For these reasons, health groups sued the FDA over the delay and sent a letter to Gottlieb asking the FDA to begin regulating e-cigarette products like other cigarettes immediately.
In 2017, the e-cigarette market grew by 40 percent. Juul has been driving a big portion of that growth.
Meanwhile, the e-cigarette market has continued to grow. In 2017, the US market expanded by 40 percent, to $1.16 billion, with a lot of that growth driven by Juul.
As of March, Juul made up more than half of all e-cigarette retail market sales in the US, according to Nielsen data. Considering it has only been on the market since 2015, and there are hundreds of other devices available to consumers, Juul’s market share is staggering.
More recently, the FDA has been taking action against Juul and teen e-cigarette use — but has stopped short of changing the compliance deadline. In April, the FDA took the unusual step of demanding Juul Labs submit documents about its marketing and research and what it knows about Juul use among young people. The move was part of the FDA’s new Youth Tobacco Prevention Plan.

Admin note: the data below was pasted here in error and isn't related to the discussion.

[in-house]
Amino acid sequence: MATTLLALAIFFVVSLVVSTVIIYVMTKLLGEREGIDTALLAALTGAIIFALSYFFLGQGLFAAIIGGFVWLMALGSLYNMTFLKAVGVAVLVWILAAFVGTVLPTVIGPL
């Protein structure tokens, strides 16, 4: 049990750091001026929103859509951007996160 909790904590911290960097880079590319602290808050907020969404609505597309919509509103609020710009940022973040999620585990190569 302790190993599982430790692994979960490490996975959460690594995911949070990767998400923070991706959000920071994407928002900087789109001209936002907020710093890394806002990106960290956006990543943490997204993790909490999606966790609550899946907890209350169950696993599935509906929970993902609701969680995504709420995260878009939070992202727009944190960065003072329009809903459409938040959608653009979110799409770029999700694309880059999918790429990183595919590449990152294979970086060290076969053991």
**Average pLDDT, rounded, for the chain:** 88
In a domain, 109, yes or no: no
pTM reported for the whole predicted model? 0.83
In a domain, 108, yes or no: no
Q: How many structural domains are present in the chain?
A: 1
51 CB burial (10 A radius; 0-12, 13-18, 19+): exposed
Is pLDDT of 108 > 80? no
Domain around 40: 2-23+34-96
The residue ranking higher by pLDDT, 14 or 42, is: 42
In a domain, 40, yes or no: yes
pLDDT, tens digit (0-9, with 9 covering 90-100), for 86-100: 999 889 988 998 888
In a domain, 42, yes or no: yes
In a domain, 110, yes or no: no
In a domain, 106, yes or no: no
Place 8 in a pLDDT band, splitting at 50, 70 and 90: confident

In May, the agency followed up by sending requests for information to four other e-cigarette makers that also appear to be marketing to young people.
Last September, FDA announced it has again sent warning letters to Juul Labs and the manufacturers of other vaping devices, giving them 60 days to come up with plans that minimize their products’ appeal to minors. It’s also warned more than 1,000 retailers accused of illegally selling e-cigarettes to minors to stop.